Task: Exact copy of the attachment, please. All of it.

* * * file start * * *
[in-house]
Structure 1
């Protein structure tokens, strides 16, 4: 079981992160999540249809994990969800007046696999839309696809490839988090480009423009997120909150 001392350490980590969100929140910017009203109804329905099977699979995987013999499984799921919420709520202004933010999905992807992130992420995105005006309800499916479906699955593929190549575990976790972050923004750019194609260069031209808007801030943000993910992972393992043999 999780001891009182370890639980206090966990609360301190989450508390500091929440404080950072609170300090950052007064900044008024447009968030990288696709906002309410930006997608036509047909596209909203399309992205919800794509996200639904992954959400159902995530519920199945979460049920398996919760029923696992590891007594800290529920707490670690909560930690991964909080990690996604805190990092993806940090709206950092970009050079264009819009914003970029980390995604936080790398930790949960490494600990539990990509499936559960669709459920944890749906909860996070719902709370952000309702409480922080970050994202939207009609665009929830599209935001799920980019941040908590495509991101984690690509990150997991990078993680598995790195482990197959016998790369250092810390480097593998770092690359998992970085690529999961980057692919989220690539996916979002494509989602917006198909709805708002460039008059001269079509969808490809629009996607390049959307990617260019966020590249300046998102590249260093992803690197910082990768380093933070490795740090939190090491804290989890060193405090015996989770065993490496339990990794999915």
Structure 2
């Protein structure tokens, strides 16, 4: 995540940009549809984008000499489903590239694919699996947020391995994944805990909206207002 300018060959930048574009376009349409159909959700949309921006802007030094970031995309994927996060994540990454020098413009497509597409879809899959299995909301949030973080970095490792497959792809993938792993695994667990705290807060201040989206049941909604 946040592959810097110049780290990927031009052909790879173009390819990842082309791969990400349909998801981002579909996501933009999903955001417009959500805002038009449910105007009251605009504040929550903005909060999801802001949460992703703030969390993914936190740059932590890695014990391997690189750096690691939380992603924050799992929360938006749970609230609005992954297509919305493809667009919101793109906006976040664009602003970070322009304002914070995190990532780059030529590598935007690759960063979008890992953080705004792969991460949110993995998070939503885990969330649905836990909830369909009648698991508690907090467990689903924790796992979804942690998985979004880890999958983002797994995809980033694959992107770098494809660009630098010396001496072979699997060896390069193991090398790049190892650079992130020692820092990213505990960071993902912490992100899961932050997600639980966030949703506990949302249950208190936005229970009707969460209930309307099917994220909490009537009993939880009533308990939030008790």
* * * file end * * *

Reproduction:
[in-house]
Structure 1
């Protein structure tokens, strides 16, 4: 079981992160999540249809994990969800007046696999839309696809490839988090480009423009997120909150 001392350490980590969100929140910017009203109804329905099977699979995987013999499984799921919420709520202004933010999905992807992130992420995105005006309800499916479906699955593929190549575990976790972050923004750019194609260069031209808007801030943000993910992972393992043999 999780001891009182370890639980206090966990609360301190989450508390500091929440404080950072609170300090950052007064900044008024447009968030990288696709906002309410930006997608036509047909596209909203399309992205919800794509996200639904992954959400159902995530519920199945979460049920398996919760029923696992590891007594800290529920707490670690909560930690991964909080990690996604805190990092993806940090709206950092970009050079264009819009914003970029980390995604936080790398930790949960490494600990539990990509499936559960669709459920944890749906909860996070719902709370952000309702409480922080970050994202939207009609665009929830599209935001799920980019941040908590495509991101984690690509990150997991990078993680598995790195482990197959016998790369250092810390480097593998770092690359998992970085690529999961980057692919989220690539996916979002494509989602917006198909709805708002460039008059001269079509969808490809629009996607390049959307990617260019966020590249300046998102590249260093992803690197910082990768380093933070490795740090939190090491804290989890060193405090015996989770065993490496339990990794999915």
Structure 2
């Protein structure tokens, strides 16, 4: 995540940009549809984008000499489903590239694919699996947020391995994944805990909206207002 300018060959930048574009376009349409159909959700949309921006802007030094970031995309994927996060994540990454020098413009497509597409879809899959299995909301949030973080970095490792497959792809993938792993695994667990705290807060201040989206049941909604 946040592959810097110049780290990927031009052909790879173009390819990842082309791969990400349909998801981002579909996501933009999903955001417009959500805002038009449910105007009251605009504040929550903005909060999801802001949460992703703030969390993914936190740059932590890695014990391997690189750096690691939380992603924050799992929360938006749970609230609005992954297509919305493809667009919101793109906006976040664009602003970070322009304002914070995190990532780059030529590598935007690759960063979008890992953080705004792969991460949110993995998070939503885990969330649905836990909830369909009648698991508690907090467990689903924790796992979804942690998985979004880890999958983002797994995809980033694959992107770098494809660009630098010396001496072979699997060896390069193991090398790049190892650079992130020692820092990213505990960071993902912490992100899961932050997600639980966030949703506990949302249950208190936005229970009707969460209930309307099917994220909490009537009993939880009533308990939030008790």